Souvlaki or “Souvla” as the Cypriots call it, is thinly sliced meat pieces traditionally lamb, pork, chicken, or sometimes beef – served on top of pita bread with a pickled salad, hummus, and tzatziki, or tahini dip.

It is can be served either as a sandwich in pita bread or on skewers.

The meat can be accompanied by sheftalia.


Sheftalies are small patties of minced pork, or lamb wrapped in caul fat & spiced with herbs, cinnamon, parsley, and onion it can be baked in the oven, fried in the pan, or grilled.

The dish is served with potatoes, fresh vegetable salad, and lemon. which are spiced sausage parcels with herbs, minced pork, or lamb that are grilled, there are vegetarian options too, with mushroom and halloumi.

It is served with yogurt spread (‘tzatziki’), and fried potatoes.






Souvla

Souvla is another popular meat dish that looks like Russian shashlik. The difference is simple: before cooking souvla you do not have to do anything with lamb or pork (just cut meat into big portions, salt and roast on the open fire for an hour and a half), while the meat for shashlik needs to be marinated first.

Souvla is usually served with raw vegetable salad, fried pita bread, and Halloumi cheese.




Kolokouthkia me ta afka (courgettes with eggs)

This dish is part of mezze dishes, it consists of fried courgettes with scrambled eggs in olive oil sprinkled with salt.

Served with a side of salad and is mostly an accompaniment to the main meal.

Moussaka

Moussaka is an eggplant-based dish with lamb, mushrooms, potatoes under the bechamel sauce (a lot of variations are possible).

Moussaka is baked in layers of eggplant and lamb (though sometimes beef is used instead), covered in béchamel sauce, which is a white sauce made with butter and flour cooked in milk, and then baked until golden.

Moussaka is popular not only in Cyprus but you can also try it in Turkey, Macedonia, and Bulgaria.

Another variation of the dish is vegetarian moussaka.



Makaronia Tou Fournou

Similar to mousakas, makaronia tou fournou is an oven-baked pasta dish with layers of long macaroni, minced meat, topped with béchamel sauce.

Its Greek name pasticchio, follows the same main ingredients, though the Cypriot recipe uses dry mint, a tomato meat sauce, and sprinkled halloumi cheese in the béchamel. The translation of its name means ‘oven macaroni’ since it’s cooked in the oven for about an hour.



Pilafi Pourgouri

pilafi pourgouri is really popular in Cyprus and is commonly served as a side dish to any meat.

Pilafi pourgouri is usually made from bulgar wheat and it’s cooked with tomato juice and onion. It’s best served with a Greek yogurt




Loukaniko

Traditional Cypriot sausages.

A thin long sausage made of minced meat that is marinated in red wine with some salt. Pepper, cumin, and coriander are added to it and then made into sausages, smoked, and left to dry.

The sausages can be grilled, fried, or barbecued and served as part of a Meze.



Kefalaki

Kefalaki is a lamb head-cooked whole either boiled with salt and lemon or cooked in the oven.




Spanakopita

A delicious layered savory pastry made of phyllo (filo) or puff pastry and stuffed with spinach, feta cheese, spring onions, and egg, it tastes best when hot.

Spanakopita is a dish with Greek origins.





Dessert


Loukoumades

Loukoumades - often referred to as honey doughnuts-, are dough balls that are deep-fried until they become golden brown and then soaked in sugar syrup or honey.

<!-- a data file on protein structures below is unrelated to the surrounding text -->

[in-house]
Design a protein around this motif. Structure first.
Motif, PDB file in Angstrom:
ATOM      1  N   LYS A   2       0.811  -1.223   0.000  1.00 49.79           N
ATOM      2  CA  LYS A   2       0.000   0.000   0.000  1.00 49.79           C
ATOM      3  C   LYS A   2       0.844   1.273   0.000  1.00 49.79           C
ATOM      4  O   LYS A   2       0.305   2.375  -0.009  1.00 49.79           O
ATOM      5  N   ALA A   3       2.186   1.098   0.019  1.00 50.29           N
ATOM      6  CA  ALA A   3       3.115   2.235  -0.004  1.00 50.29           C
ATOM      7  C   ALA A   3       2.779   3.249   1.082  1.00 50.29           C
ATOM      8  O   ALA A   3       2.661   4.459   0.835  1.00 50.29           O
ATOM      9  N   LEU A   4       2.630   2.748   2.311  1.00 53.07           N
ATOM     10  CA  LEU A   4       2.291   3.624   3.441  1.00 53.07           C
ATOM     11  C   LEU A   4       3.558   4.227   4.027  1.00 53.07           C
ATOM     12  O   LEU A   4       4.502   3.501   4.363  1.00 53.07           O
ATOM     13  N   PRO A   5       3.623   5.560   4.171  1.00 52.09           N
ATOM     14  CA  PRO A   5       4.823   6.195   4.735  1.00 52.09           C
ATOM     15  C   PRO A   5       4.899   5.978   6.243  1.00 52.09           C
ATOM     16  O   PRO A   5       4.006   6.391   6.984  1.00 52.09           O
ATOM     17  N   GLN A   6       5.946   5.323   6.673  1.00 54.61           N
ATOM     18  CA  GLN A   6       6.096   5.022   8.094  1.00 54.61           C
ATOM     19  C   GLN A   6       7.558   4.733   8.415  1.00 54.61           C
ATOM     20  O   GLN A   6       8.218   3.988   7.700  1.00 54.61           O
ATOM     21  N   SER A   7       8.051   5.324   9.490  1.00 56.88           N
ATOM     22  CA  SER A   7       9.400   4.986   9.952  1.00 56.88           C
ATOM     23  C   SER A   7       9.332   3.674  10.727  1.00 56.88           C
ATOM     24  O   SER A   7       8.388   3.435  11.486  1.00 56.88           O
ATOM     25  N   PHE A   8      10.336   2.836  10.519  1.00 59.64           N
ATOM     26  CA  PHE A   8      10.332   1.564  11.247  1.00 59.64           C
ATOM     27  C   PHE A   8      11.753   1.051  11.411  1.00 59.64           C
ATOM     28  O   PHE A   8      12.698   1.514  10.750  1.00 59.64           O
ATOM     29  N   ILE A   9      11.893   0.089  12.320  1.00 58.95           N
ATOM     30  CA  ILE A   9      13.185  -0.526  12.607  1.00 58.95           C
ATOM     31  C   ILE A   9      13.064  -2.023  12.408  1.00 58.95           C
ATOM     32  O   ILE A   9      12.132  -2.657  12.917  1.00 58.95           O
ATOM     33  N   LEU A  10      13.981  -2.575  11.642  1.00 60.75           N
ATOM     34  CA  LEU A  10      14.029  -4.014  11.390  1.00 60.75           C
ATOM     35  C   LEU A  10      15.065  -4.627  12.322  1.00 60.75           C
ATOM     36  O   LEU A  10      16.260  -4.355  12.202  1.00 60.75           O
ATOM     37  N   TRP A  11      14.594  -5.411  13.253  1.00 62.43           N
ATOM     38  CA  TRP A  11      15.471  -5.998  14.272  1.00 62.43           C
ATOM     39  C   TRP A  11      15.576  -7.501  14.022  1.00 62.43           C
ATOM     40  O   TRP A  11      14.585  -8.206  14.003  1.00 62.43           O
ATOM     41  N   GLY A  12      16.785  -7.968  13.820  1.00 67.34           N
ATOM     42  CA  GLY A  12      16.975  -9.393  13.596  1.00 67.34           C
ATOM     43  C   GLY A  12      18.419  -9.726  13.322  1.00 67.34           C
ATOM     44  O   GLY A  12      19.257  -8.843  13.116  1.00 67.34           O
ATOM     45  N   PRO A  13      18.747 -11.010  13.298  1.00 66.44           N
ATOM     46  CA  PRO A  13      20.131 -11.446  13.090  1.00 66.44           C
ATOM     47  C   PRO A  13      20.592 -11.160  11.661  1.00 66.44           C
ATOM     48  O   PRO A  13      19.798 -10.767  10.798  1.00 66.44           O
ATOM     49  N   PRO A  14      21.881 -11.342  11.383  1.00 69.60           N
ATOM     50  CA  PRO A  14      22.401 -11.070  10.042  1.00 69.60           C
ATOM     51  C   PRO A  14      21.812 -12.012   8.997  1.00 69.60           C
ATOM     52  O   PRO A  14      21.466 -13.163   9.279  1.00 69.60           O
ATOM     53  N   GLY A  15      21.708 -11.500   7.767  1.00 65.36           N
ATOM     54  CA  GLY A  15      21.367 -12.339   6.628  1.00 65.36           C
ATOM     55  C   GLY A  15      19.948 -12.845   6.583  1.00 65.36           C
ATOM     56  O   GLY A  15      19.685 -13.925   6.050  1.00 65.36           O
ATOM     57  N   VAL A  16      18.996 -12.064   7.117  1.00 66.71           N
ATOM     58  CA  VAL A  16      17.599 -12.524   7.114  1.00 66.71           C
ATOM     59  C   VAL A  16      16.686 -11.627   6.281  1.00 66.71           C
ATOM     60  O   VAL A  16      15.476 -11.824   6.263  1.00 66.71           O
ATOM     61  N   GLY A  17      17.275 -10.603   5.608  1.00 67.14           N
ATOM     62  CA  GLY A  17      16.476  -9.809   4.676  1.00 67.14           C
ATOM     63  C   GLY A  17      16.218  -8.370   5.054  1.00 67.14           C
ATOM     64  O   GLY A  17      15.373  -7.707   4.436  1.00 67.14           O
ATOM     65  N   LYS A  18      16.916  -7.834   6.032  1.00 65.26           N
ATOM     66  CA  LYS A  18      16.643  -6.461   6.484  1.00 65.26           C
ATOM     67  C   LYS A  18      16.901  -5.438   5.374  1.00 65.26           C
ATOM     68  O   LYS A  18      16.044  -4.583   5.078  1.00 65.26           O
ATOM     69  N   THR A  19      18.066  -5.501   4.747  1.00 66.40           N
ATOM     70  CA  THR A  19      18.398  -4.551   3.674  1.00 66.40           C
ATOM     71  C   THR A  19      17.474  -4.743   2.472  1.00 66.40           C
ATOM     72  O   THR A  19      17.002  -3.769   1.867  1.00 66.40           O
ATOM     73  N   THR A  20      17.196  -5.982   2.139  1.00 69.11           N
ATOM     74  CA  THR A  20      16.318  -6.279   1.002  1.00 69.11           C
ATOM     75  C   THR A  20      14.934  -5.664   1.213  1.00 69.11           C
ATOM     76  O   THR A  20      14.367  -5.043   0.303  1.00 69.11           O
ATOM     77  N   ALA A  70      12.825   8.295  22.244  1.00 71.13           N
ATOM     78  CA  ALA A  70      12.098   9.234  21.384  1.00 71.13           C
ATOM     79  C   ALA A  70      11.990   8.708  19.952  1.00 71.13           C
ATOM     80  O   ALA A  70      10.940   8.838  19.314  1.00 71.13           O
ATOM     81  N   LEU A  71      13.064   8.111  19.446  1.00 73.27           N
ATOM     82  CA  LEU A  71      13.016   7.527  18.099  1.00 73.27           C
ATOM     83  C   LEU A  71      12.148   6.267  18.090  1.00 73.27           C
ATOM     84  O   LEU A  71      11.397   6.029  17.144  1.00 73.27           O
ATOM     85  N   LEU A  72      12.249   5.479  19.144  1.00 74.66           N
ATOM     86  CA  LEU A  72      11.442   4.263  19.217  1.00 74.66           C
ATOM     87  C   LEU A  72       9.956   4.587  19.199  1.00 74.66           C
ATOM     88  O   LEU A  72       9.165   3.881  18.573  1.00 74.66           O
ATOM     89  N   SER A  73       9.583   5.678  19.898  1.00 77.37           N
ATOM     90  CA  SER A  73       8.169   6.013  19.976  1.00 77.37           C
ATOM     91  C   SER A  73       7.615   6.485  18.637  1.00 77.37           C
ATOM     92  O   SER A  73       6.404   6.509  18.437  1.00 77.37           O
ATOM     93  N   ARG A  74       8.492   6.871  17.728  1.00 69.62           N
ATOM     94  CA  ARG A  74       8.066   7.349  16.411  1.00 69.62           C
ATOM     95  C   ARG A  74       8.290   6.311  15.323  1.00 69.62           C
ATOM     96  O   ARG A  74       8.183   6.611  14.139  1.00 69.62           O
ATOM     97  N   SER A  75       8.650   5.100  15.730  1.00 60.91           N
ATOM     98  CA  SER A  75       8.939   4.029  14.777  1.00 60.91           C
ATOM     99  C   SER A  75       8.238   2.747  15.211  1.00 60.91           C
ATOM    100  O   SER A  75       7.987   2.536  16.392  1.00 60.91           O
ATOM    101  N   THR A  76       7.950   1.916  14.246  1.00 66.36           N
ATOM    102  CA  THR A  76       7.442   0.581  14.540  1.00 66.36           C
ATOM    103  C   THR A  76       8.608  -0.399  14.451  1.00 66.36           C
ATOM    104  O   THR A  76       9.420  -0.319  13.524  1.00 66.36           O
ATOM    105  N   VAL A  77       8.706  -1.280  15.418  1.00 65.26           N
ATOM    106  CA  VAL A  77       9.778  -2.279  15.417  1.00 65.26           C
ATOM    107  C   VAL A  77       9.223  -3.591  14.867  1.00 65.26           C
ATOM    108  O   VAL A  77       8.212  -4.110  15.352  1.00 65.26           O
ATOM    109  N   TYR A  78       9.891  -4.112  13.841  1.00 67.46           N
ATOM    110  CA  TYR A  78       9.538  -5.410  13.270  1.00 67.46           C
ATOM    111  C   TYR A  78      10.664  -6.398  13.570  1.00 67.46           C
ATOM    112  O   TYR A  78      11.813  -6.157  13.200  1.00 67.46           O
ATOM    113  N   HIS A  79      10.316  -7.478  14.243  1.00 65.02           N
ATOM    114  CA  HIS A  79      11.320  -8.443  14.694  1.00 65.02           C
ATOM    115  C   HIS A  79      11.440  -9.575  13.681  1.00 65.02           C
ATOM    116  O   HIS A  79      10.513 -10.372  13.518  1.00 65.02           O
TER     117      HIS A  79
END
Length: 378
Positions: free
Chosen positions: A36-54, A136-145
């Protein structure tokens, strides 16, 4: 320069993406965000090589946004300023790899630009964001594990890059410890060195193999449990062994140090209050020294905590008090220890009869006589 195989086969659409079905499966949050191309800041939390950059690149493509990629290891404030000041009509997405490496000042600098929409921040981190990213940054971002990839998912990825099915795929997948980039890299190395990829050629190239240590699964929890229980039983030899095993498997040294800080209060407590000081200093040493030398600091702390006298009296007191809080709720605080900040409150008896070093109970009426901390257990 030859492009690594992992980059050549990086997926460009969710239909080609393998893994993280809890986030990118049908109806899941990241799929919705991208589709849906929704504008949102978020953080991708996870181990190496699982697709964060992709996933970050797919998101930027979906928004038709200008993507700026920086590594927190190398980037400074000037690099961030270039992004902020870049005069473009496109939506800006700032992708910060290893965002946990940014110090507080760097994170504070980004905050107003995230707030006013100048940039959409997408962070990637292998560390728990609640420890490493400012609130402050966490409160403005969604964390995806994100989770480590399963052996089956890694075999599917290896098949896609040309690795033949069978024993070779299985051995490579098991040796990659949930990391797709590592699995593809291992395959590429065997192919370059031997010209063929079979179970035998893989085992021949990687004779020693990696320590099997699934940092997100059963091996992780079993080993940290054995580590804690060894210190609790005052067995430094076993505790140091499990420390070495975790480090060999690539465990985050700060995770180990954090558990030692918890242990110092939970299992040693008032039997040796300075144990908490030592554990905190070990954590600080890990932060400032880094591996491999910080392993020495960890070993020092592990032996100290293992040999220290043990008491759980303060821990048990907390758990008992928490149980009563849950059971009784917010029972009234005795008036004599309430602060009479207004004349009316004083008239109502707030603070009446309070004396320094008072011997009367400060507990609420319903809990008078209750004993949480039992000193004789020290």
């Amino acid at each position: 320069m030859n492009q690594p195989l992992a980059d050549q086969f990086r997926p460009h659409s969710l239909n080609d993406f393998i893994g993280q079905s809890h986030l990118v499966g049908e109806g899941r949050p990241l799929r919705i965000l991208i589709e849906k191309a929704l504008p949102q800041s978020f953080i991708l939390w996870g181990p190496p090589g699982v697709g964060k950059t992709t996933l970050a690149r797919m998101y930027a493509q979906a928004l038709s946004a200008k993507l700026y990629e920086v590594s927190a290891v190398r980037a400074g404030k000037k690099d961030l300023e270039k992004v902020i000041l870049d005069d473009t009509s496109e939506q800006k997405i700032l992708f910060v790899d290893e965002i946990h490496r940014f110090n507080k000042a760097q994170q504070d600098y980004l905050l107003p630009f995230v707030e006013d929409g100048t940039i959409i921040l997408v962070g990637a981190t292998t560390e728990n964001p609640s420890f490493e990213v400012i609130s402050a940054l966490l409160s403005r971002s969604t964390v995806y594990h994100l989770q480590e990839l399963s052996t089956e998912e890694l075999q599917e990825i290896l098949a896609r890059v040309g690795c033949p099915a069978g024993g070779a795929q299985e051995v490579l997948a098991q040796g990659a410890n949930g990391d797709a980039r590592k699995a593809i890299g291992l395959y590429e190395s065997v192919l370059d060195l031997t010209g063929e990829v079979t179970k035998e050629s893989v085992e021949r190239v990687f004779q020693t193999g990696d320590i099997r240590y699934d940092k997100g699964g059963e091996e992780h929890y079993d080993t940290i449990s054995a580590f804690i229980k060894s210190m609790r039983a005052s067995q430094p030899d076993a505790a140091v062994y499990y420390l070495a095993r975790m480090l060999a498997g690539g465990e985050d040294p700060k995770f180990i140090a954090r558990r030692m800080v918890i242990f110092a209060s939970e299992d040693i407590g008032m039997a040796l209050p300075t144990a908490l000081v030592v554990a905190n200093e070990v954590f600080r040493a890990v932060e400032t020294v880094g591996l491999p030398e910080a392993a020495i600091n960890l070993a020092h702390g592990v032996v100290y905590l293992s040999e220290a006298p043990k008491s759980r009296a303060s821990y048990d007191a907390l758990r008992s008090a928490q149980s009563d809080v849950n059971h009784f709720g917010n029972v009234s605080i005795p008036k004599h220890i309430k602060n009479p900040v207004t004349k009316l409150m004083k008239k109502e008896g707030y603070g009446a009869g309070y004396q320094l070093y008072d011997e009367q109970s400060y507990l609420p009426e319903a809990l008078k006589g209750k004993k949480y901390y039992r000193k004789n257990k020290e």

Cinnamon, crushed or flaked nuts, sesame, and powdered sugar are used to coat them.

They are light, spongy and the size of the dough balls can vary.

Loukoumades are always served fresh and hot

It can be found in Cyprus, Greece, Turkey, Egypt & Middle East





Baklava

Baklava is a traditional pastry made with phyllo (filo) or layers of unleavened dough with chopped nuts - mostly pistachios- and honey or syrup in between.

It is popular in Turkey Bulgaria, Greece, Lebanon, Egypt, and parts of Cyprus.

It is served with Tea or Coffee.



Koulourakia

Kolourakia is hand-shaped pastries usually in the form of twisted wreaths, figure eights, horseshoes, or circles, and can only be found during Easter time.

They are butter-based and may sometimes have sesame seeds sprinkled over them.

It is good to be served with a cup of tea.



Daktyla

A traditional Cypriot Dessert of crispy phyllo pastry, that is scented with orange blossom water, then filled with almonds, cinnamon and sugar before being drenched in syrup.



Halvas

A delicious dessert suitable for the fasting periods of the year, halva’s main ingredient is almonds alongside honey, blossom water, cinnamon, vanilla, cloves, and mastic ground, and often, raisins.

It is better to serve cold.




Pourekia

Pourekia are little pastries made also of phyllo dough that filled with a sweet filling of Anari Cheese (a soft cheese) and cinnamon. After being stuffed they get fried, then traditionally dusted with icing sugar.

Other variations include the addition of rosewater to the filling and syrup to replace the icing sugar.



Flaouna

Flaouna is a traditional Cypriot pastry consisting of flour, eggs, sugar, butter, yeast, water, and salt.

It is additionally enriched with cheese, raisins, and fresh herbs such as mint. The dough is sprinkled with sesame seeds on top and baked until it develops a golden-brown color of the exterior.







Drinks

Coconut Water

Coconut water, less commonly known as coconut juice, is the clear liquid inside coconuts.


Cypriot Coffee

The traditional coffee of Cyprus is made from fresh, finely ground Brazilian coffee beans that are boiled to form a frothy cream known as “kaimaki” on the top.

Most Cypriot people drink it in small cups with dissolved sugar (called sweet “glikis”) or take it medium sweet (“metrios”) while a brave few drink it “sketos” (or unsweetened).

The coffee is best sipped slowly but be warned.

Don’t drink the thick layer at the bottom of the cup; it’s commonly left untouched.